CNN's Martin Savidge in Birmingham, Alabama. He's on the lookout for more storms.

What's going on over there, Martin?

MARTIN SAVIDGE, CNN CORRESPONDENT: Wolf, so far it's been quiet, but the weather does appear to be building up to something. We have gone from what were sunny and pleasant skies now to what are looking gray and far more ominous. The wind's picking up and the radar is indicating there are storms coming this way.

It's the second night for Birmingham and much of Alabama. They are ready for storms. Last night came and there was damage in several parts of this state, including a number of deaths. Birmingham not so bad, a few brushes with tornadoes, but tonight they are much more on edge, and they're keeping an eye on the radar and outside their windows, but right now, no severe weather in sight -- Wolf.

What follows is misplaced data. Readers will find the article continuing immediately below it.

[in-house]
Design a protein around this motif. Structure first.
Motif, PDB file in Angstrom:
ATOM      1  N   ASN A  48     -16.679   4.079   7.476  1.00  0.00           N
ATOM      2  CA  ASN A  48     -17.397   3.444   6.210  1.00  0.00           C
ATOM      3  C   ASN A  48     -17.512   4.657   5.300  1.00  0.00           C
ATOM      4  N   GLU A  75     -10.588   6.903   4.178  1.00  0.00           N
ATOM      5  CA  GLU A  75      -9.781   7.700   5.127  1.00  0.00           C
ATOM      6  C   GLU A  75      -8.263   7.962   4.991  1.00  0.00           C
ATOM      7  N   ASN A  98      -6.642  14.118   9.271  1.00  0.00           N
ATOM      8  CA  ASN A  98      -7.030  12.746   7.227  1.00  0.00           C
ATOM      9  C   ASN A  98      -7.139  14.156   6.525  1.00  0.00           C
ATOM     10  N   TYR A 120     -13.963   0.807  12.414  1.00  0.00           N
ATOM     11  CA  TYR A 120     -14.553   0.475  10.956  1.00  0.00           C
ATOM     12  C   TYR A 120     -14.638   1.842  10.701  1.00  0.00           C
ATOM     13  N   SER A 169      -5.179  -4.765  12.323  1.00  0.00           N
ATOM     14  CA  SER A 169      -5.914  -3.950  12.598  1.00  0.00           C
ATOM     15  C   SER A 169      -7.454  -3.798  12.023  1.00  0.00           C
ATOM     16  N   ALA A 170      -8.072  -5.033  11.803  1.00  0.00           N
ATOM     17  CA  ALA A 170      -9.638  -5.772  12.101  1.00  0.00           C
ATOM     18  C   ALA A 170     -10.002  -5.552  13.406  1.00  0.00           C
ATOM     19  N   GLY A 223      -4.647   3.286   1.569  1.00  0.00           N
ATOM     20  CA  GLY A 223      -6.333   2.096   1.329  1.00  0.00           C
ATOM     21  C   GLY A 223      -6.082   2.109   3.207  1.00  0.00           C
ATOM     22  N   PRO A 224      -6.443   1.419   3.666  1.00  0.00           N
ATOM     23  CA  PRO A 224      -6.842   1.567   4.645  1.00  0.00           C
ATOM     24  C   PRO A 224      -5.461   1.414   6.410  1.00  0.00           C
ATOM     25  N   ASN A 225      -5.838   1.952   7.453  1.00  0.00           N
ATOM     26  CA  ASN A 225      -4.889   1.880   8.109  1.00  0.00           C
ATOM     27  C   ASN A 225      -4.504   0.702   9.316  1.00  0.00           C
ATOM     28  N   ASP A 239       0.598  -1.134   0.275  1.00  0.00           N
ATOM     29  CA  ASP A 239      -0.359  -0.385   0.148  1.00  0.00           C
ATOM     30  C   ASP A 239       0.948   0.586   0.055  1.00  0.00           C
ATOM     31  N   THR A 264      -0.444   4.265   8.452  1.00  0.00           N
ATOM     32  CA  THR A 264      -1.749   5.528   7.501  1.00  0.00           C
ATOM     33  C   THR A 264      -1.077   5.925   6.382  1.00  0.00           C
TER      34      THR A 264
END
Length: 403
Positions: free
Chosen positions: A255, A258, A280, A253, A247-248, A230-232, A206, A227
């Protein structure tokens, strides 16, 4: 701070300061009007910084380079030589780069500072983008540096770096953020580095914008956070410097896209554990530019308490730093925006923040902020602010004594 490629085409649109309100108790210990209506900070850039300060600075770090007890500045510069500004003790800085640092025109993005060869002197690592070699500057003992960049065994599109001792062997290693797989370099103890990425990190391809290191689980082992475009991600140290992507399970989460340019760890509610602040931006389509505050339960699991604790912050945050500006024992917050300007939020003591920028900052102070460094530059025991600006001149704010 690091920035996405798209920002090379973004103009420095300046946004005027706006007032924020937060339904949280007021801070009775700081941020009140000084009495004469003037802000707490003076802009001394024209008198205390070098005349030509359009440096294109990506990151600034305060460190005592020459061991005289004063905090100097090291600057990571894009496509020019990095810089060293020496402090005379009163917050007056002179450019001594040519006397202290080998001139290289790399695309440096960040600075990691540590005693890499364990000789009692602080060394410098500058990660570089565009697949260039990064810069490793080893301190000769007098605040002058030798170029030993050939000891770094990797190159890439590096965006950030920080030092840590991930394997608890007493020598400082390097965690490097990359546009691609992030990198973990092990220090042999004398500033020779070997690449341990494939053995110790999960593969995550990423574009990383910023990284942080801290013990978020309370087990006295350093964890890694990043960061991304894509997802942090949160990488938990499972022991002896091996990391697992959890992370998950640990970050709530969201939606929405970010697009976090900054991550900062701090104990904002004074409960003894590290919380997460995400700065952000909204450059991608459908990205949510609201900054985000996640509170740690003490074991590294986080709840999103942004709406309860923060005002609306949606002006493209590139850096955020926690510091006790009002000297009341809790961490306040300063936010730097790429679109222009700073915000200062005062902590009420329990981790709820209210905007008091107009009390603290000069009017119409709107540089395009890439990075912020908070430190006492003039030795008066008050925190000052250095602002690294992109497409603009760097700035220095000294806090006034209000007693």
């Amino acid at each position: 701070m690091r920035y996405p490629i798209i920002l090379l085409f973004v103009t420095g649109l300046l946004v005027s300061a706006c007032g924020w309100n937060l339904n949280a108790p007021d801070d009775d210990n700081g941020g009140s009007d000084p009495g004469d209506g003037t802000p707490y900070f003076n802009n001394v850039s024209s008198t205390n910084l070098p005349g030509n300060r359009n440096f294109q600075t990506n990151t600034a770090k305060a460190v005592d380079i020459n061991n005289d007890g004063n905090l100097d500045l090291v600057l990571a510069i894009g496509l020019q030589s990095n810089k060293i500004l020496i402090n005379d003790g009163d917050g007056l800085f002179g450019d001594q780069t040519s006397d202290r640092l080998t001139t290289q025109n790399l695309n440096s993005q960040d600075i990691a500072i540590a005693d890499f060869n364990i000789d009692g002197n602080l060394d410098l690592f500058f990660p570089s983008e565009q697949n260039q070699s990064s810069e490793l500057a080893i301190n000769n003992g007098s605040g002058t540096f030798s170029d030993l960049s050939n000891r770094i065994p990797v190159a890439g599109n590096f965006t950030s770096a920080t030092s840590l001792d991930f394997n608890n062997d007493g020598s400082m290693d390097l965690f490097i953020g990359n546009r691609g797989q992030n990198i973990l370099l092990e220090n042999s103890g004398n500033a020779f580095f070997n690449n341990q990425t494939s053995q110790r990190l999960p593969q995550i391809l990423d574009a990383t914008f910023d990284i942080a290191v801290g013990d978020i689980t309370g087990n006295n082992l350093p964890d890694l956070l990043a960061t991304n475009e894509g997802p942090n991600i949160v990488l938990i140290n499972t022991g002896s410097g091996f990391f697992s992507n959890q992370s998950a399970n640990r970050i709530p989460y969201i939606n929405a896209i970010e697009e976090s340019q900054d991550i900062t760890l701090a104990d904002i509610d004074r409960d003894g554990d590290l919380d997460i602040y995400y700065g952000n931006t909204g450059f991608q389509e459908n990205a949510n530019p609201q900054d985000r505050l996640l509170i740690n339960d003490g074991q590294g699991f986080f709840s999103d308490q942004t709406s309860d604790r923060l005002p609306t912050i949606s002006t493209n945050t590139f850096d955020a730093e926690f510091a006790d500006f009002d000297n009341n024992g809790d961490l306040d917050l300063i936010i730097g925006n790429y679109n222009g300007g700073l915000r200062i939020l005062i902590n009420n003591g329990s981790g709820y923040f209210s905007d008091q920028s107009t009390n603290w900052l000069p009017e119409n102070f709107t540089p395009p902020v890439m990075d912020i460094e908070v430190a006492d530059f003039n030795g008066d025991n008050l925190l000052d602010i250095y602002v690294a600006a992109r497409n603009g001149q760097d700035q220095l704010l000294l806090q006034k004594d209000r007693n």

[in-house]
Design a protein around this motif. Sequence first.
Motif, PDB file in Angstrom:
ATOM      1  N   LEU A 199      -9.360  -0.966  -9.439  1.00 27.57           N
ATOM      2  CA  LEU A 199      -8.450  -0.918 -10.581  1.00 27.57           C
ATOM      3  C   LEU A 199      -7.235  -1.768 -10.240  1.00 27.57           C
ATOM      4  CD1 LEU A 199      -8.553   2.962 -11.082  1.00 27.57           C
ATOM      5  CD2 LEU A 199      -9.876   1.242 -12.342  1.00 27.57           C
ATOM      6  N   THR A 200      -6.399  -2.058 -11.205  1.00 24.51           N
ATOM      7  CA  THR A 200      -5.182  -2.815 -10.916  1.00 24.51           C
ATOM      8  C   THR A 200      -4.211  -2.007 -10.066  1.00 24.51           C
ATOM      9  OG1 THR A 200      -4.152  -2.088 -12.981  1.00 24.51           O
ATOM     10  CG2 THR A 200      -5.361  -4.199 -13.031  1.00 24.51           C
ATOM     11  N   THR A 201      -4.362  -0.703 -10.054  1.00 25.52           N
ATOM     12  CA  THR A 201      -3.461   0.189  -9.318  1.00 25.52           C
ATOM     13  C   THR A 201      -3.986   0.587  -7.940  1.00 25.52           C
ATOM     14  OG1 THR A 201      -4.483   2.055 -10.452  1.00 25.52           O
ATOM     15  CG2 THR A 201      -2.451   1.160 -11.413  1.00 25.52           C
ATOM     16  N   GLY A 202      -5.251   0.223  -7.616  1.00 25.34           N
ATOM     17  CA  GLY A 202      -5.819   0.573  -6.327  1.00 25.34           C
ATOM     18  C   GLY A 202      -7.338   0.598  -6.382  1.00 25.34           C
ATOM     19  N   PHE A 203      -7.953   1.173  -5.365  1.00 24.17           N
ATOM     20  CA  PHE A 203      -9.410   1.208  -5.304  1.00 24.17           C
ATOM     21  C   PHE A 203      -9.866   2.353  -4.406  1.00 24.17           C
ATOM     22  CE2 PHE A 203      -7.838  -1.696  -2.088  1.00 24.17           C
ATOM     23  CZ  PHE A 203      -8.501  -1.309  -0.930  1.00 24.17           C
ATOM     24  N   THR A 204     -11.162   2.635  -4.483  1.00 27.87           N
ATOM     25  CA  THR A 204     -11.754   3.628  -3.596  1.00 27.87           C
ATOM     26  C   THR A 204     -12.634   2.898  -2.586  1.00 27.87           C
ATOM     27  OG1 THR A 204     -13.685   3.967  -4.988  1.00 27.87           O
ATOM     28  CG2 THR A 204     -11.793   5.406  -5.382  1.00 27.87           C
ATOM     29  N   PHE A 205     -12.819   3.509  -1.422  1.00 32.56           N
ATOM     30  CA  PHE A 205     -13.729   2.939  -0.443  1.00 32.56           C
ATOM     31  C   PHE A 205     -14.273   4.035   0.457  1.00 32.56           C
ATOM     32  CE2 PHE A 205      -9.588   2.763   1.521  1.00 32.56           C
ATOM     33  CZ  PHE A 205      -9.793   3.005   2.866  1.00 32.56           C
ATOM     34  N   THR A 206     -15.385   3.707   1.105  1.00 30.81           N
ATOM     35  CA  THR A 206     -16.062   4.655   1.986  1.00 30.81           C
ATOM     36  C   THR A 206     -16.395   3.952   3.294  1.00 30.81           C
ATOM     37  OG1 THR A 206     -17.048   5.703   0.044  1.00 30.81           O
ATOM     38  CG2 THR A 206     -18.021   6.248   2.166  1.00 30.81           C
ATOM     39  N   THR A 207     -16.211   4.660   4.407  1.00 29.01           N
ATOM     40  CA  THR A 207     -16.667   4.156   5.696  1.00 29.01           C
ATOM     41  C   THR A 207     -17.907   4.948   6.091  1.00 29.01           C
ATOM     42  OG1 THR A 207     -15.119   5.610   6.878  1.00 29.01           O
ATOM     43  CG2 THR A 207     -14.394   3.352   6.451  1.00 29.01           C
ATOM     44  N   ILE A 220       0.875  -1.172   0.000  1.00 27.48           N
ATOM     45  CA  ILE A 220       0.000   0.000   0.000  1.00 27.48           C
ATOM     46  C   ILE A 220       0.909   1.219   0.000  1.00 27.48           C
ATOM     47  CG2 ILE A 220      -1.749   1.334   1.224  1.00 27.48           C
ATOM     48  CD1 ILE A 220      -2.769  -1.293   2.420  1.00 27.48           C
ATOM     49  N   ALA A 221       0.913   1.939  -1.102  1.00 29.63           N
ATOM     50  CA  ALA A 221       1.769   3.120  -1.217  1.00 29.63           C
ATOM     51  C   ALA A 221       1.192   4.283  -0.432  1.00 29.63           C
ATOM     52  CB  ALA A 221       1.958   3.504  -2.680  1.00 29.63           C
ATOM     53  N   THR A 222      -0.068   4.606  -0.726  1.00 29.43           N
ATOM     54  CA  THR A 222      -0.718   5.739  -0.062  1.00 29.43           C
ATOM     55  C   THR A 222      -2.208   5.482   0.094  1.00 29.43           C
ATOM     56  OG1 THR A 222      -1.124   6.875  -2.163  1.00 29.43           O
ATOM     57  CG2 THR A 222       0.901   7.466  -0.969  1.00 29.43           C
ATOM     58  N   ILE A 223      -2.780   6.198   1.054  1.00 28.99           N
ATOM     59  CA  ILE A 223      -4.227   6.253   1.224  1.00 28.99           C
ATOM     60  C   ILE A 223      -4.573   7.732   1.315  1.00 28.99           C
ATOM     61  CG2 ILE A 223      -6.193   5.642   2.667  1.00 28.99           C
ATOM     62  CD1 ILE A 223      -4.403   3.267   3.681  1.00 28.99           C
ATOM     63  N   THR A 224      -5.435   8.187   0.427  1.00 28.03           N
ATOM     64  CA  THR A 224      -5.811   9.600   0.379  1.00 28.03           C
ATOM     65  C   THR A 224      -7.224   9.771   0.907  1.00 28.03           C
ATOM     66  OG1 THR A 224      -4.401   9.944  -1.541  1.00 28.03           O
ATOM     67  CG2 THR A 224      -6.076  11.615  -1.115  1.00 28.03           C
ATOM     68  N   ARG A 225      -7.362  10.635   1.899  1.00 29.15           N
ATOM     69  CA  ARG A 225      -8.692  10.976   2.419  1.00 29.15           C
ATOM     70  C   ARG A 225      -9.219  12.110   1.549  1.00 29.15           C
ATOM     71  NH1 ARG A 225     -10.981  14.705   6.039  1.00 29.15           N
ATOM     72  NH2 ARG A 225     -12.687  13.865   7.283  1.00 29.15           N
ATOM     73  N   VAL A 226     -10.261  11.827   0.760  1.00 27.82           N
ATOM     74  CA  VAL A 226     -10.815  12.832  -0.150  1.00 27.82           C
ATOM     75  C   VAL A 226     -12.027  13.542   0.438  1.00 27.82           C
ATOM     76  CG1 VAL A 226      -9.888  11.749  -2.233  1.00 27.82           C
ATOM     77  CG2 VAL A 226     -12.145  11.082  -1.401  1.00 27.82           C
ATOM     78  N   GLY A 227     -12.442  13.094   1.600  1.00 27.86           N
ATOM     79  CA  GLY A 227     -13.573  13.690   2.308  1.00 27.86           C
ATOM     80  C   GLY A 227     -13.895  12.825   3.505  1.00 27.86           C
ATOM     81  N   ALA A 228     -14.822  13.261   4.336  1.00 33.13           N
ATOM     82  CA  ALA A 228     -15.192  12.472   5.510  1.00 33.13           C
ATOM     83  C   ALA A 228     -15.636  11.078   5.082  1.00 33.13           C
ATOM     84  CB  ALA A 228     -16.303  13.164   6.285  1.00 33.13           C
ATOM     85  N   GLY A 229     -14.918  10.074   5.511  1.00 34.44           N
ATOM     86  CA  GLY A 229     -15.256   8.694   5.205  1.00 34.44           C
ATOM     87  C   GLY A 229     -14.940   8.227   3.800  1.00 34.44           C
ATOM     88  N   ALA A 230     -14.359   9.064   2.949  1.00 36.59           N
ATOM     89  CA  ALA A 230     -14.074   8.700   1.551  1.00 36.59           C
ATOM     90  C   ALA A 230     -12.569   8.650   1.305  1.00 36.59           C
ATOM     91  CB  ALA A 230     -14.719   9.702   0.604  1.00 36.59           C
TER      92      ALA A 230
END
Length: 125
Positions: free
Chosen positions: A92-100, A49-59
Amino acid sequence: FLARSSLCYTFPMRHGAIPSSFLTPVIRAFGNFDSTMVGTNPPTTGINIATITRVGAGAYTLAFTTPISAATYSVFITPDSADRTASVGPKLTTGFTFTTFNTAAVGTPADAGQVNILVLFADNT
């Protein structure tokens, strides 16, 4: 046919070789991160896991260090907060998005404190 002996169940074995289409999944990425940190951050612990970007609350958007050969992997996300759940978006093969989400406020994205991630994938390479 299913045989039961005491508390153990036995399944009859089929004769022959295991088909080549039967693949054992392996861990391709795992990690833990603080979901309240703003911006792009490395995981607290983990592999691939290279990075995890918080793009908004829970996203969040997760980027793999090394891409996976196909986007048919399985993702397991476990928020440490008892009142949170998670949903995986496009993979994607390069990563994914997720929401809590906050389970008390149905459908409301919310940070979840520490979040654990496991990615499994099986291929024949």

BLITZER: Martin Savidge in Birmingham for us, we will check back with you and check back with our all of our reporters, a lot more coming up on the breaking news as these tornado threats continue to escalate.

Other news we're following, still ahead:


ADAM SILVER, NBA COMMISSIONER: The views expressed by Mr. Sterling are deeply offensive and harmful. That they came from an NBA owner only heightens the damage and my personal outrage.


BLITZER: The NBA commissioner comes out swinging at the owner of the L.A. Clippers after confirming he made racist remarks. Will the punishment stick? We're going to talk about the possible legal fallout.

And the man who exposed some stunning remarks by Secretary of State John Kerry standing by to join us live. He's sharing the secret recording of Kerry's comments. You will hear it for yourself first right here on CNN. (COMMERCIAL BREAK)

BLITZER: "CROSSFIRE" won't be seen tonight so we can bring you several breaking stories we're following here in THE SITUATION ROOM.